MORE THAN MEDICINE

MORE THAN MEDICINE

From Chicken Soup for the Cat & Dog Lover's Soul

More Than Medicine

Hear our humble prayer, O God. . . . Make us,
ourselves to be true friends to the animals and so
the share the blessings of the merciful.

Albert Schweitzer

Tuesday was my day to make the housecalls in our multidoctor veterinary practice—not my favorite thing to do. I felt isolated working outside the safety of the clinic, yet having to make crucial medical decisions on my own. The cats always hid, and the dogs were always meaner at home. And the people? Well, you never knew what sort you’d run into. I was uncomfortable dealing with the people on their own home turf. As a new graduate depending on textbooks and medical notes to get me through, Tuesdays were definitely a pain in my calendar.

This wasn’t what I had envisioned when I’d decided to become a veterinarian. I’d had noble dreams of healing animals, which I felt at least semiqualified to do. But I was at a loss having to deal with people. Somehow my professors had failed to mention two very important facts: Every pet comes with an owner, and every case costs money. My boss, who always had one eye on the bottom line, constantly reminded me of the second.

Cheryl, our technician, had our schedule for the day and plotted our route. Handing me the clipboard, I could see she had saved the best for last, a sick dog in the not-so-affluent end of town.

Cheryl packed our supplies for the day, I packed my insecurities and a medical text, and we both piled into the house-call van for another day’s rounds. The first several calls went relatively smoothly with the exception of one junkyard dog with a torn toenail. I was surprised we left with all our fingers intact.

As we parked in front of our last stop for the day, I sighed.

The house was old and rundown, and the lawn hadn’t been mowed for a very long time. “Hope this dog isn’t too sick.” I said, “ It doesn’t look like these people can pay for veterinary services.”

We knocked on the door that was presently answered by Mrs. Johnson, an elderly lady in a flowered-print house-dress. “Oh, doctor!” she exclaimed. “I am so glad you’re finally here. Blackie just ain’t doin’ right. He can hardly pick his head up. He’s back in the kitchen. Come right this way.”

Mrs. Johnson led us through a remarkably neat and tidy home to the kitchen. It was a pleasant room with flowerpots in the window and fresh-baked bread on the counter. Blackie, a black furry Heinz 57, lay on a pile of blankets in the corner.

Cheryl got the necessary information from Mrs. Johnson as I took a look at Blackie. His gums were pale, his pulses were thready and his heart was rapidly beating. This was one sick little dog.

I explained to Mrs. Johnson that Blackie was very sick and would need to be hospitalized. “The hospital stay and the tests could be very expensive,” I told her. “And I can’t be sure that we’ll be able to save Blackie.”

“Doctor, I want you to try,” she replied. “I just know you will be able to help him. You see, I’m gonna be praying for Blackie—and for you too, doctor.”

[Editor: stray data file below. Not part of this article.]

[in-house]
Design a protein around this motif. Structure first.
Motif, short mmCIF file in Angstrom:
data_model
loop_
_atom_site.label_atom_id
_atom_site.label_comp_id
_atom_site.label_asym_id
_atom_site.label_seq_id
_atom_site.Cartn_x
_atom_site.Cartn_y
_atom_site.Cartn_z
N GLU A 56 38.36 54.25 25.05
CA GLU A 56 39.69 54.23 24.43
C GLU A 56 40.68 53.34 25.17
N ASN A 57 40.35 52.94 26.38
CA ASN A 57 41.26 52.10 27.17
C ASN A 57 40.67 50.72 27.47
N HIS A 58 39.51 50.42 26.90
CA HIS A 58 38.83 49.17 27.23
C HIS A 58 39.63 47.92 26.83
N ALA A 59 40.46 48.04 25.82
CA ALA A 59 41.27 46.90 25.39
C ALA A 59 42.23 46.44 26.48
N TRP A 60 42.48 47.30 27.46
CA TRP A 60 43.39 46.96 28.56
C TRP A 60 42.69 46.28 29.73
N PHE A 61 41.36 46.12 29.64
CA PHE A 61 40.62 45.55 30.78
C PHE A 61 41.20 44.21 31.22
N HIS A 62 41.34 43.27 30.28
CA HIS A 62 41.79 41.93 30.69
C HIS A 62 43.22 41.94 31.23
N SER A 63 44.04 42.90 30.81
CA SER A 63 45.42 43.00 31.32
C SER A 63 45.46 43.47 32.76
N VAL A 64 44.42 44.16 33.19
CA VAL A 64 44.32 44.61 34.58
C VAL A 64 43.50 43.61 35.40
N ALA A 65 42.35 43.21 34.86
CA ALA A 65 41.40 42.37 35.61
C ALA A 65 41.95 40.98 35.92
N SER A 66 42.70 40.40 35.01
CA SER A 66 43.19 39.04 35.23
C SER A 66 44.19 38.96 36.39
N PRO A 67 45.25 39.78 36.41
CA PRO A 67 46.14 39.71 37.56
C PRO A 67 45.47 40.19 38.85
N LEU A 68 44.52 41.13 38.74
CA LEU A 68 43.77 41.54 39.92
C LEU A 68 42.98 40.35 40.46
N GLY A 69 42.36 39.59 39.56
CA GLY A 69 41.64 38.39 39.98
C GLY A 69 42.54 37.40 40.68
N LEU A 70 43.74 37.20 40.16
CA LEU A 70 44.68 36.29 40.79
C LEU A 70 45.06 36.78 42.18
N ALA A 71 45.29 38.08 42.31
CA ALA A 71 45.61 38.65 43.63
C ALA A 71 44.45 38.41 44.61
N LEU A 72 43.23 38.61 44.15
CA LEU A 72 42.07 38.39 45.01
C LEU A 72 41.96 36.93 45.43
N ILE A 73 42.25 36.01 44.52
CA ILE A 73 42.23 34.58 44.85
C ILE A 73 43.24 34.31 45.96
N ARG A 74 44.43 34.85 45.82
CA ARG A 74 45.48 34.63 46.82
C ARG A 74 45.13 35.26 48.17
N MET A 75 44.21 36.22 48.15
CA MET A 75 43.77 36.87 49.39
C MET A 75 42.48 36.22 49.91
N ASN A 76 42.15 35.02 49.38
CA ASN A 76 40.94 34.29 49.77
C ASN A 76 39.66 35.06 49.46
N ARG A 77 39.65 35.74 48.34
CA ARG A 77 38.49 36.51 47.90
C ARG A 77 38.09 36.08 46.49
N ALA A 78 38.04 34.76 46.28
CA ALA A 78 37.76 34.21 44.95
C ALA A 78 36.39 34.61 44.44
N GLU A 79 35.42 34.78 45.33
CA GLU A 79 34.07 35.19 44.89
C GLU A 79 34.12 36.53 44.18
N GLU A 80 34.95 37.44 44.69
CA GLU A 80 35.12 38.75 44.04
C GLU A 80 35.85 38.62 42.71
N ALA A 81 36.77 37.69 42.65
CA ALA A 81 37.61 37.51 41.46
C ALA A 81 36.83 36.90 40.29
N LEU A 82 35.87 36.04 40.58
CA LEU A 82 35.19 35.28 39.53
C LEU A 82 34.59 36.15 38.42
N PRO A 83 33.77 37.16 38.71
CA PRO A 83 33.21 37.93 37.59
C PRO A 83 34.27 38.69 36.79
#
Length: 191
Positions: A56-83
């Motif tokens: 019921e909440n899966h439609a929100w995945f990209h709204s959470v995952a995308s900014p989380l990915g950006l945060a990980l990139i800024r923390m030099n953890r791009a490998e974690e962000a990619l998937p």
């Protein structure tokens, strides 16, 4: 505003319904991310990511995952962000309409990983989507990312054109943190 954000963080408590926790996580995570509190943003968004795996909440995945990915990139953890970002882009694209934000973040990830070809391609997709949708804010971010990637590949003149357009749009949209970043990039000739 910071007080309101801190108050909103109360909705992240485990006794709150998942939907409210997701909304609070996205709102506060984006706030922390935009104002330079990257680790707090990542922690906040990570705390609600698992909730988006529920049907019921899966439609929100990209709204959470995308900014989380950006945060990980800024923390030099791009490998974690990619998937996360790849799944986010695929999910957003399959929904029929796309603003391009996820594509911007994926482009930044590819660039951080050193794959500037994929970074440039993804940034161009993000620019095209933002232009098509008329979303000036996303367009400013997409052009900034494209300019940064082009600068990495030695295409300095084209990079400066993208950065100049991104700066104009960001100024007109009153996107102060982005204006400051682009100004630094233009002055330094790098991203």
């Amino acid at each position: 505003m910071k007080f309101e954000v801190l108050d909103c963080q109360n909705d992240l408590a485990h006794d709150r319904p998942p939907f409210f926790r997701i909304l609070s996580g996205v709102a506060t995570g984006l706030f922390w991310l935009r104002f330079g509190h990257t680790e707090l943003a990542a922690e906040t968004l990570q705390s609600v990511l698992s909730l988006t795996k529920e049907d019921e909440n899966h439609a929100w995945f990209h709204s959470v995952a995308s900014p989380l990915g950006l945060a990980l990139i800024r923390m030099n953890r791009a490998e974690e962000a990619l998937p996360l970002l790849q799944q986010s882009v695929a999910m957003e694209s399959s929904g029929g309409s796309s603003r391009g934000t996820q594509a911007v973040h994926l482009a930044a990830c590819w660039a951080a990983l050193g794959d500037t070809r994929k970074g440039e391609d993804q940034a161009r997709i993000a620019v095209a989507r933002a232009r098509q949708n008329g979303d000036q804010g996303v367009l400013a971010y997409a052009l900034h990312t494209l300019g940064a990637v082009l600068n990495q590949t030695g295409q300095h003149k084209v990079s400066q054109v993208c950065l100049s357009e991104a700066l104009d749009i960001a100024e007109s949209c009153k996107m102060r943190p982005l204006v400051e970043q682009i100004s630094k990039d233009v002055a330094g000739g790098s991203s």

Cheryl took a twenty-dollar deposit from Mrs. Johnson. It was all the old lady could spare, but she promised to come up with more in a few days and to pay the rest over time.

We carried Blackie out to the van with Mrs. Johnson calling “God love ya!” after us.

I shook my head wearily as I pulled away from the curb. Here I was with a hopeless case and an owner that couldn’t possibly pay the bill. I guess the clinic will just have to eat this one, I thought. I wasn’t looking forward to telling my boss. And Mrs. Johnson was a Bible-thumper to boot. I didn’t place much stock in faith healing. Either we could cure the dog or we couldn’t.

Back to the clinic we went and began treatment, running the necessary tests. The results were discouraging at best. I called Mrs. Johnson and told her that Blackie had a condition called autoimmune hemolytic anemia—his body was destroying its own blood cells.

At the time, dogs rarely survived this disease; I asked her as gently as I could if she wanted to put Blackie to sleep.

“No, doctor,” she said. “You keep him going overnight. Tomorrow I have prayer group and we’re gonna pray for you and Blackie. Just trust God on this one.”

The next day Blackie began showing signs of improvement.

His blood cell count was up a bit, and he now sat upright in his cage. I felt my skepticism slip a notch as I phoned Mrs. Johnson with the surprising news.

“Oh, I’d no doubt he’d be better today. You just keep on doing what you’re doing, doctor. Me and the girls will keep on a-praying.”

With each day that passed, Blackie showed more and more improvement. Humbled, I had no explanation for it. And Mrs. Johnson and the girls just kept on praying. After a week of hospitalization Blackie was back to his normal happy self, eating and wagging his tail.

I was shaken. Maybe there was something to this praying Mrs. Johnson and the girls had been doing. Many other dogs I’d seen had received the same treatment as Blackie and had died. Did God really care about this little black mutt?

We brought Blackie home to a jubilant Mrs. Johnson. “God bless you, doctor,” she said. “God bless you.”

I felt blessed. My experience with Mrs. Johnson and Blackie gave me the pieces I’d been missing—healing wasn’t just about textbooks and medications. If it were, Blackie would never have made it. Now I knew healing was a team effort that involved God, me, the animals and the people who loved them. It was about compassion and faith and serving others.

The next Tuesday I found myself humming as I helped Cheryl load the van for our house-call rounds. What would the day bring? I didn’t know, but I was ready to start on this week’s adventure. I knew I wouldn’t be alone.

Liz Gunkelman, D.V.M.

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